Are you craving for some sun and sea? Then get ready, because today we go to one of the most iconic regions in southern Italy, Sicily, for a journey to meet a unique wine of its kind: let’s discover together characteristics and curiosities about the famous Nero d’Avola wines.

Nero d’Avola or “Calabrese”, king of Sicily

The name Nero d’Avola refers to both the most widespread black grape variety in the lands of Sicily, and the wine produced with it. Locally this grape is also known by the name of “Calabrese“: this is not due to it coming from the nearby region of Calabria, but to the expression in Sicilian dialect “Calaravrisi” which means “the grape of Avola”.
The Nero d’Avola grape is now widely distributed throughout the regional territory, but its zone of origin is to be found in the localities of Eloro, Pachino and Noto, in the province of Syracuse; or rather: in the small village of Avola, where it was recognized and cured for the first time hundreds of years ago.
We now know how in Italy climates, microclimates and different environments can be characteristic of the same region, and in fact, its diffusion throughout the territory of Sicily means that under the name Nero d’Avola are grouped wines with a common root – the grape variety – but also very different organoleptic characteristics. Not only that: wines produced with Nero d’Avola grapes can be either in purity, that is, produced with 100% of the grape variety, or in a blend with other varieties, such as the famous Cerasuolo di Vittoria DOCG, which combines grapes Nero d’Avola and Frappato.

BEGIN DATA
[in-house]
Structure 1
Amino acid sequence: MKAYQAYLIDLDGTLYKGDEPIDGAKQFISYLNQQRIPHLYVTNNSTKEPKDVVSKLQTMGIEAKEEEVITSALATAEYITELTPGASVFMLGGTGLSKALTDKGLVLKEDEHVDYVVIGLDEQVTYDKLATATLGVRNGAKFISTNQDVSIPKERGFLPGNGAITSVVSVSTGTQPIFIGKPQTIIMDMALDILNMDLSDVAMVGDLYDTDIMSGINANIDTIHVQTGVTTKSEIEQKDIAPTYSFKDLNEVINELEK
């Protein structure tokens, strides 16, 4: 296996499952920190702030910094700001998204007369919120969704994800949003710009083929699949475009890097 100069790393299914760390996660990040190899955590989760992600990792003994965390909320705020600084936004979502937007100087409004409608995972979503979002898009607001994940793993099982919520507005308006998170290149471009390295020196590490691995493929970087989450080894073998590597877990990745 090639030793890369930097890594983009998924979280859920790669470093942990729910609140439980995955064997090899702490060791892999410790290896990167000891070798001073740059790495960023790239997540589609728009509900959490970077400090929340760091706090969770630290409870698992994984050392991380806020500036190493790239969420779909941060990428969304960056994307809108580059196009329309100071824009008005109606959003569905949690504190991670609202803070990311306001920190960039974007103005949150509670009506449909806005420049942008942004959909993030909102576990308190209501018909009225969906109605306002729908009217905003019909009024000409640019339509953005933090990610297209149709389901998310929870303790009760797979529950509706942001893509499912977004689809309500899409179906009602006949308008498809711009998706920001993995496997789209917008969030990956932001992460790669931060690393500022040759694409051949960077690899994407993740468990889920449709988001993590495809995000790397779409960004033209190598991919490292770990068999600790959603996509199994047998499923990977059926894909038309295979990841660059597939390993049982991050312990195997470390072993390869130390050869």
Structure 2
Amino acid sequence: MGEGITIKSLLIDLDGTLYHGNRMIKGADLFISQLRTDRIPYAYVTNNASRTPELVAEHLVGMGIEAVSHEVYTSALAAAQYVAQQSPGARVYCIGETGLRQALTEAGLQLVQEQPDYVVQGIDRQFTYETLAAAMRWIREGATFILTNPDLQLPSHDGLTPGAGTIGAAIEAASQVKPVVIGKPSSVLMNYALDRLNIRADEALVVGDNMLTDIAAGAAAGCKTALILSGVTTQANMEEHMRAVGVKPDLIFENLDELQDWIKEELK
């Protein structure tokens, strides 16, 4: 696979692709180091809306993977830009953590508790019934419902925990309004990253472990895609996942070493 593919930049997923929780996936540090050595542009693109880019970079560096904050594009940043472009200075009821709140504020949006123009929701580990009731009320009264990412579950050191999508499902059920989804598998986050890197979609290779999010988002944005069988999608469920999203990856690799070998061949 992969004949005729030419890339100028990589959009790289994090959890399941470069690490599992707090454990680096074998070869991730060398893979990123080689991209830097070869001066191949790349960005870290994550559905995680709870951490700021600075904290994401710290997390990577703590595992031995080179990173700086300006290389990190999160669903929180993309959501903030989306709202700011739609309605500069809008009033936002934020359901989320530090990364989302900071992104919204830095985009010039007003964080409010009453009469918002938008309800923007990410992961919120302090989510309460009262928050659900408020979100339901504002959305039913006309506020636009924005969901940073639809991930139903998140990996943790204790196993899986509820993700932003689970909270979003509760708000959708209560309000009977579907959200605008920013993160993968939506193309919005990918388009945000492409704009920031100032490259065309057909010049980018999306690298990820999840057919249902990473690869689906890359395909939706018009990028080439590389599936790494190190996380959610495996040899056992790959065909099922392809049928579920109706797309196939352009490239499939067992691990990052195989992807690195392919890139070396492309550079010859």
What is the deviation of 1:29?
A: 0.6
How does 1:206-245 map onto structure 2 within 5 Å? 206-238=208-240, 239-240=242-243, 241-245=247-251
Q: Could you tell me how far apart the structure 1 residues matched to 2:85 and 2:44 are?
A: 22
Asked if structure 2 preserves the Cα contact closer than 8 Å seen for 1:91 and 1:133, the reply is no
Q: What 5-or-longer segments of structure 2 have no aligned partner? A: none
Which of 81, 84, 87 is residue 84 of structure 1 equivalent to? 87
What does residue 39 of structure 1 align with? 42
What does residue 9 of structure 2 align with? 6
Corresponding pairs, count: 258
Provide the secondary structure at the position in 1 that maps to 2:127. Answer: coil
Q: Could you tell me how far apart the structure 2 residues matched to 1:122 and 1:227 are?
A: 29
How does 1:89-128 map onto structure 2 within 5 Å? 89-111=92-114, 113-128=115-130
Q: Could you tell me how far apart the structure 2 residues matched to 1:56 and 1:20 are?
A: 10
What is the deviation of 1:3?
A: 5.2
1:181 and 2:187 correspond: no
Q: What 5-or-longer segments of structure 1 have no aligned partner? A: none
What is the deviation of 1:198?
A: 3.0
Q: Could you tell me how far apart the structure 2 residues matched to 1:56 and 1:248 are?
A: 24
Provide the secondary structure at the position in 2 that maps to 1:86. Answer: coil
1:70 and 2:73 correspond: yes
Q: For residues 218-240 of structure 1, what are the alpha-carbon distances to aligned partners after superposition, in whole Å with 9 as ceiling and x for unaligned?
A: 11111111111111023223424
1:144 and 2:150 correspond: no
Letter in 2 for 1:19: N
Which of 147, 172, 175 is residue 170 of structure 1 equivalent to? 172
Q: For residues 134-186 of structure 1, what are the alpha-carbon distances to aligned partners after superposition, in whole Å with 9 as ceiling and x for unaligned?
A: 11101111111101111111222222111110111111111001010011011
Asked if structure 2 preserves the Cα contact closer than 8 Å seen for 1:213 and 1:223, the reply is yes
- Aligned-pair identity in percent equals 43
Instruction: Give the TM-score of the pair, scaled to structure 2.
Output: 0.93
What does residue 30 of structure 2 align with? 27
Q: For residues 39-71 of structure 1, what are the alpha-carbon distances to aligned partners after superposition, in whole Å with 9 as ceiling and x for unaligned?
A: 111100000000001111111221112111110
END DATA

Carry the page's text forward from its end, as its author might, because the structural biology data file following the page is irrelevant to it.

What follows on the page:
Finally, the production boasts two wines of different character: Nero d’Avola grapes can be used for the creation of dense, dark and strong wines, as well as young and lighter wines.

The organoleptic characteristics of Nero d’Avola

As mentioned above, the organoleptic characteristics of Nero d’Avola can also change decisively, but all the wines produced with this grape are wines of character, decisive and elegant, with hints of spices, violets, red berries on the nose.
The main differences in production are mainly in the division into two large regional areas: the central-western and the south-eastern one. The wines produced in the central-western area of ​​Sicily are generally sweeter and fruity, while those from the south-eastern area are finer and more complex.

The perfect combinations of Nero d’Avola and food

Nero d’Avola can be combined according to different criteria, and daring in the menu generally pays off the risk. If you want to open a bottle of young and sweet Nero d’Avola, for example, you can try the combination with a Sicilian-style cooked fish. On the contrary, a full-bodied Nero d’Avola is the perfect match for red meats, lasagna and Bolognese sauces.

Now that you know all about Nero d’Avola, you just have to try it: discover all the taste of Sicily in our biodynamic Biscaris Nero d’Avola Cavaleri from 2011!

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